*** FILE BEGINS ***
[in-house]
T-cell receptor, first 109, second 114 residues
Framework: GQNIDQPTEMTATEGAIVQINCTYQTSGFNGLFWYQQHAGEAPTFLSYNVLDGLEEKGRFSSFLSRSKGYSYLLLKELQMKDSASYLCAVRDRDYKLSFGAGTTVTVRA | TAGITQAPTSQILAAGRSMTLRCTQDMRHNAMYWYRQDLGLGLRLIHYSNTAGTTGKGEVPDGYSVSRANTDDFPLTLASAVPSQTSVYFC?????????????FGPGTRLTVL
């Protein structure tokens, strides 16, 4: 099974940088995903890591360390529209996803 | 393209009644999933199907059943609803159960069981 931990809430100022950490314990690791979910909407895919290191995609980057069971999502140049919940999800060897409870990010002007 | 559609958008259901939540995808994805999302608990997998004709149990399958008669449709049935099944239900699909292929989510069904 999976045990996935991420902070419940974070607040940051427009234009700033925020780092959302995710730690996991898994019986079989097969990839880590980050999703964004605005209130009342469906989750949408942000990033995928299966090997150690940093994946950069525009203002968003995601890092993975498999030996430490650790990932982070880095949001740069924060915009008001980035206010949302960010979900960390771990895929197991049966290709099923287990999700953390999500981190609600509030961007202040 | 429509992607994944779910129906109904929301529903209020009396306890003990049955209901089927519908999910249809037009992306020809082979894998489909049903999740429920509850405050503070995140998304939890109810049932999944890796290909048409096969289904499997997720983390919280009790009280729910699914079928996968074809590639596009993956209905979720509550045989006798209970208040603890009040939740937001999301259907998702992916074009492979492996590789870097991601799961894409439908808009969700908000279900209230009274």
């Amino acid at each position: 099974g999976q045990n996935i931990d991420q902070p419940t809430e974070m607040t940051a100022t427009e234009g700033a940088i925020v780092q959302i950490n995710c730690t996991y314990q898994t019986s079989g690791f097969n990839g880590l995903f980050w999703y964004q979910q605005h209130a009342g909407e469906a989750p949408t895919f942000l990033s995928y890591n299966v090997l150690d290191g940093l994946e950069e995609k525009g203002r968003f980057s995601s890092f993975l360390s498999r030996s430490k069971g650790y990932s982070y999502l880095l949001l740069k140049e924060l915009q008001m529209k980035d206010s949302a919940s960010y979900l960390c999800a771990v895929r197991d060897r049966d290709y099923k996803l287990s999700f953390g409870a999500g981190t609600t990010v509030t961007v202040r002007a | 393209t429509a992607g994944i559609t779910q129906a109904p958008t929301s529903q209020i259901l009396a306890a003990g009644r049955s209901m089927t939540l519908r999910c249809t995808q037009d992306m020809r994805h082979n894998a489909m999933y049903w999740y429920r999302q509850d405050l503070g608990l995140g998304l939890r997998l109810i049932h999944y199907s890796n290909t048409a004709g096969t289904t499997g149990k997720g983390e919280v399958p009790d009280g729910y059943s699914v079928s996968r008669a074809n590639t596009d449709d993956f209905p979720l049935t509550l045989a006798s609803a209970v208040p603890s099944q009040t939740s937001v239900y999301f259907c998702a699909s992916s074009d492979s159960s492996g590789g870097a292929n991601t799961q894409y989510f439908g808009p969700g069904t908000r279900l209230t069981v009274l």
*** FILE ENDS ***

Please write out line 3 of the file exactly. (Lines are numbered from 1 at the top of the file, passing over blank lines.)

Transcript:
Framework: GQNIDQPTEMTATEGAIVQINCTYQTSGFNGLFWYQQHAGEAPTFLSYNVLDGLEEKGRFSSFLSRSKGYSYLLLKELQMKDSASYLCAVRDRDYKLSFGAGTTVTVRA | TAGITQAPTSQILAAGRSMTLRCTQDMRHNAMYWYRQDLGLGLRLIHYSNTAGTTGKGEVPDGYSVSRANTDDFPLTLASAVPSQTSVYFC?????????????FGPGTRLTVL